How Membrane Aerated Bioreactors (MABR) Could Change Wastewater Design

How Membrane Aerated Bioreactors (MABR) Could Change Wastewater Design

A new technology that can cost-effectively improve energy and treatment efficiency is poised to change the way we design and operate wastewater treatment facilities.

The new technology also can help existing facilities expand—in fact it’s ideal for retrofits. Membrane aerated bioreactors (MABR) is being piloted right now.

In conventional wastewater treatment, it’s common to use the activated sludge process. This process uses large aerated tanks. Inside these tanks, air is bubbled through the wastewater to provide oxygen to suspended microorganisms (or microbes). These microbes break down excess nutrients in the wastewater. The mixture is then separated in a clarifier, where the heavier microorganisms settle to the bottom. Clear water from the top of the clarifier continues in the treatment process and then is discharged to the environment. The leftover microbes are recycled back to the aeration tanks to continue their jobs. This is a proven and effective technology. 

MABRs are more efficient than the activated sludge process. They deliver oxygen more effectively to the microbes. There also is a higher density of microorganisms present within the process. MABRs achieve this by blowing air through small membrane tubes that allow layers of microbes, or a biofilm, to form on the surface of the membrane.

The traditional way of supplying air consumes a high amount of electrical energy, and a large amount of oxygen in the air simply exits the system before it can be used. About half of the energy consumption at conventional wastewater treatment plants is used to blow air into the biological tanks. But MABR technology can reduce this amount by half. This results in annual savings in the tens of thousands of dollars for medium-size wastewater plants, with greater savings for larger plants.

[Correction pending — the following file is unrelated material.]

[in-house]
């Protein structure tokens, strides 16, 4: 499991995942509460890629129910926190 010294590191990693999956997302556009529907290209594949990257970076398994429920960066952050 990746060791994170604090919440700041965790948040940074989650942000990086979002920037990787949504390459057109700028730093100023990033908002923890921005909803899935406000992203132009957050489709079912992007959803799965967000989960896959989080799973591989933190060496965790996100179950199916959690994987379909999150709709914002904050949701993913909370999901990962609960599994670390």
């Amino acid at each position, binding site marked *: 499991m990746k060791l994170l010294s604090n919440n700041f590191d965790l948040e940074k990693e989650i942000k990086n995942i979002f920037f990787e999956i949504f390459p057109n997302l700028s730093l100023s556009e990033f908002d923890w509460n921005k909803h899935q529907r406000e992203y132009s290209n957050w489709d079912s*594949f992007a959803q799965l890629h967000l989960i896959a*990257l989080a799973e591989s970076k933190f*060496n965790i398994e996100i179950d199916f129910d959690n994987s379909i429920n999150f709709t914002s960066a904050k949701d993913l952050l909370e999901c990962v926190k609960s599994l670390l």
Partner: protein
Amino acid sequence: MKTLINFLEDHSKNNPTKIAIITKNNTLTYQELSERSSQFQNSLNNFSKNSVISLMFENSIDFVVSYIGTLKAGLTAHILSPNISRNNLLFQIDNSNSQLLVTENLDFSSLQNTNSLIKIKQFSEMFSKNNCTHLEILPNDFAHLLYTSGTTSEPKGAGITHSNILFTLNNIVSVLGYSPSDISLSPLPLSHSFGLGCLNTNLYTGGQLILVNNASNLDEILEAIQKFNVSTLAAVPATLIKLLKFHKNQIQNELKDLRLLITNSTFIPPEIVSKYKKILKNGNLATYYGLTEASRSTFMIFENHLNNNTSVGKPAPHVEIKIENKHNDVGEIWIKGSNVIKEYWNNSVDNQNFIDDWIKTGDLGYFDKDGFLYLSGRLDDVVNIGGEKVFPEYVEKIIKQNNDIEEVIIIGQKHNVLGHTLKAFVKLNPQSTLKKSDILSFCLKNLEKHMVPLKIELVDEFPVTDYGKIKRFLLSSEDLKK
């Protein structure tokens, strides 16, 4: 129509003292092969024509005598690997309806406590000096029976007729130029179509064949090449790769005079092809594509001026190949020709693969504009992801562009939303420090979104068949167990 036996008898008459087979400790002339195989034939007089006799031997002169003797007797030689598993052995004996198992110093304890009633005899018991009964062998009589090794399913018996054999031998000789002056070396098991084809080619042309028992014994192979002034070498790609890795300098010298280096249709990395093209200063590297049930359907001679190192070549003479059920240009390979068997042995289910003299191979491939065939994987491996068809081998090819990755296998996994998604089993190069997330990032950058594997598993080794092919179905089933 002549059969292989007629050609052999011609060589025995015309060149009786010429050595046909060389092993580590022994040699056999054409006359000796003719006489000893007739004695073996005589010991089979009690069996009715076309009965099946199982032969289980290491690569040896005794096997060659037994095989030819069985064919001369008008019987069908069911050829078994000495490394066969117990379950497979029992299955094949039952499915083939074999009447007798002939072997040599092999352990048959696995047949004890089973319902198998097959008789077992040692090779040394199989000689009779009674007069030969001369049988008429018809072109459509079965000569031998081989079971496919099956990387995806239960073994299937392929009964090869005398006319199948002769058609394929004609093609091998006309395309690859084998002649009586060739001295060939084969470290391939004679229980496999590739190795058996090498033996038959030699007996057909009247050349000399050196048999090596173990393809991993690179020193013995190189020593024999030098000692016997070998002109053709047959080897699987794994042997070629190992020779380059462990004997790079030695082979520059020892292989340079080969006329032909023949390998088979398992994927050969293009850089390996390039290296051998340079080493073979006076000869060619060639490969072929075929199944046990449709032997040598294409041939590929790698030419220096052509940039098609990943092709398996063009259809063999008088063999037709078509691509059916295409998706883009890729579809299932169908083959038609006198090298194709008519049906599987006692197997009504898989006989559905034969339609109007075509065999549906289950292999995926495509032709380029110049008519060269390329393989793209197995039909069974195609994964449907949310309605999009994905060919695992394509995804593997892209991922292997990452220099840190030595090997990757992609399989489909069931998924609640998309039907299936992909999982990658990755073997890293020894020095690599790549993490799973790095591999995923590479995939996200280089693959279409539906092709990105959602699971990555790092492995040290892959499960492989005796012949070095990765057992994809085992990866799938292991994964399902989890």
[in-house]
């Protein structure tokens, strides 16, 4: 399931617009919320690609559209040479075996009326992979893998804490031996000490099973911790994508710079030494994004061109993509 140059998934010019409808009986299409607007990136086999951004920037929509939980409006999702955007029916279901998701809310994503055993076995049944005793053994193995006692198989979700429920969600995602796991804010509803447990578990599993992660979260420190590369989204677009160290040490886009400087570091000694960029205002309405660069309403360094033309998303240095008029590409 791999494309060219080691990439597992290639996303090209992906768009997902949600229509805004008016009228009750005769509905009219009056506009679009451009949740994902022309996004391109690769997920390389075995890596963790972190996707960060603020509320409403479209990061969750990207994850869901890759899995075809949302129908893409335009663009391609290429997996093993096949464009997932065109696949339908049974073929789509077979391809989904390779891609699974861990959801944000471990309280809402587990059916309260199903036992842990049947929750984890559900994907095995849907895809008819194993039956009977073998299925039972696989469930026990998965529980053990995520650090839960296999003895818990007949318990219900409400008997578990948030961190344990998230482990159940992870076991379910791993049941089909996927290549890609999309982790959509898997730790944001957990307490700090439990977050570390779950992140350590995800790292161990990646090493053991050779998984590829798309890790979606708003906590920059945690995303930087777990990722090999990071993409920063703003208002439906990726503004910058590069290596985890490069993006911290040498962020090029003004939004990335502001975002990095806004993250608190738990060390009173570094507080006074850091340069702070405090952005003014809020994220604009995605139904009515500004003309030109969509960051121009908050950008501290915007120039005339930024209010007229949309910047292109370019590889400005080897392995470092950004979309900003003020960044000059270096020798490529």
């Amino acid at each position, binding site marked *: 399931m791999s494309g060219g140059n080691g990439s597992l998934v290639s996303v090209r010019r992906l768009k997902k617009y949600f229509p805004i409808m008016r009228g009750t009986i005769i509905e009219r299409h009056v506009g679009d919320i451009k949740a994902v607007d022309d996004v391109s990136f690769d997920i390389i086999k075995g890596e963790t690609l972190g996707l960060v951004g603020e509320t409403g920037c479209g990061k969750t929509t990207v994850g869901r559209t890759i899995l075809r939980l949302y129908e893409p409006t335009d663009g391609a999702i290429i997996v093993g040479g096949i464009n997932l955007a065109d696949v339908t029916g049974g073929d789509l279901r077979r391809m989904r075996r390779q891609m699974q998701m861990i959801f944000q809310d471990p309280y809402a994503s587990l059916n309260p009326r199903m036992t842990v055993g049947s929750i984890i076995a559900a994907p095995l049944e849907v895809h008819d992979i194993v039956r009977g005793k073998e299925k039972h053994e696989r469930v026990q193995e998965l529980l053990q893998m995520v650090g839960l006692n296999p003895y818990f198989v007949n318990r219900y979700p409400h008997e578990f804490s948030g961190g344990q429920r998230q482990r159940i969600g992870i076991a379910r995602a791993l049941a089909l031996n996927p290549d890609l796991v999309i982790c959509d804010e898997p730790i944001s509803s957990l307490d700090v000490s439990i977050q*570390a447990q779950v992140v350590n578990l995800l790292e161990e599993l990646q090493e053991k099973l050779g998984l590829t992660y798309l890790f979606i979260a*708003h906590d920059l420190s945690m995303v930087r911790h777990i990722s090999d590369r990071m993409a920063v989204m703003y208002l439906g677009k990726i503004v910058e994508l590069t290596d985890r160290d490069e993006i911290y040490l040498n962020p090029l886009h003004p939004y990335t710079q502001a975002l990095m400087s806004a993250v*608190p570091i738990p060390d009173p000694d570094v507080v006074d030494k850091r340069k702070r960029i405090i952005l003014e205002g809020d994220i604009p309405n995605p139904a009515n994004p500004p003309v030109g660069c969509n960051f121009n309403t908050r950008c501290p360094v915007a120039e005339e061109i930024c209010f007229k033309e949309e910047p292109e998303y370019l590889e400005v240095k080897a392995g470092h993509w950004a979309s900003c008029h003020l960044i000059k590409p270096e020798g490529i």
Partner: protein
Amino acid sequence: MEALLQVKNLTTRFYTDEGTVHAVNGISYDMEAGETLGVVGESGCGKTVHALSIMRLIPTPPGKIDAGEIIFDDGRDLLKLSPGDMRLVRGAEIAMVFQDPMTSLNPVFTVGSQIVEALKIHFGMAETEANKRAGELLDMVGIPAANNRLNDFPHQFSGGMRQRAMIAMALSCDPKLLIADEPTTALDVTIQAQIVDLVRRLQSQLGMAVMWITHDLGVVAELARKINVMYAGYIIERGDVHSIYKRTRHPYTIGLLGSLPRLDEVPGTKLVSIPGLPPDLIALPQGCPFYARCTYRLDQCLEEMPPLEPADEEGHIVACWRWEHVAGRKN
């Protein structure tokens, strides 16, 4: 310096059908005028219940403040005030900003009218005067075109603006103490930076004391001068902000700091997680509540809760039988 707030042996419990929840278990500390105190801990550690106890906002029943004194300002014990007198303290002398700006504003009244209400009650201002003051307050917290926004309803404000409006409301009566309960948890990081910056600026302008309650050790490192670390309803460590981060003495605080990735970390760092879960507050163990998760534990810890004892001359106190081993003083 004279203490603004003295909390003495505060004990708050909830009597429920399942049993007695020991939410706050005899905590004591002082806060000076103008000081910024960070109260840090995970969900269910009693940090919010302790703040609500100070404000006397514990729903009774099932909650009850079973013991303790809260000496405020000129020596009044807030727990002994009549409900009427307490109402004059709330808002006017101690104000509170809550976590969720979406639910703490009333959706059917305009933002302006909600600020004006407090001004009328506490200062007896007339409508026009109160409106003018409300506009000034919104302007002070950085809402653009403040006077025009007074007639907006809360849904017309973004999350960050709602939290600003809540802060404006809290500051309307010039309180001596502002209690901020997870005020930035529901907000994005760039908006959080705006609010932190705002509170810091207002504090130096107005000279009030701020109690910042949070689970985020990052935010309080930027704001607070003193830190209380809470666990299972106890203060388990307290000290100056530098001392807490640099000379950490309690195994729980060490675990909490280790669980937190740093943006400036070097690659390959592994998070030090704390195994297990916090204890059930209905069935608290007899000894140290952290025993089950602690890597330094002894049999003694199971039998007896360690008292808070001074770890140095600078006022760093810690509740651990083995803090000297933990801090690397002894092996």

MABRs can also help facility owners and managers achieve the desired capacity and treatment capabilities in a smaller plant footprint. This is extremely important as many wastewater facilities are landlocked; building out may not be possible. Expanding the footprint of the facility is also very expensive. Frequently, nearby sensitive environmental features, such as rivers and lakes, can also hamper expansion. This is concept illustrated in the Hespeler WWTP Upgrades

Stantec is designing headworks, thickening and clarification upgrades at the Hespeler facility to meet future flow and treatment requirements.  In parallel, a conceptual design is being completed for an MABR process to provide significant energy savings at the current facility capacity. The MABR conceptual design will look at achieving these energy savings by the installation of the membranes either within the existing tankage or in compact new tanks as shown. Both MABR options take significantly less space than a conventional upgrade!



Source: Stantec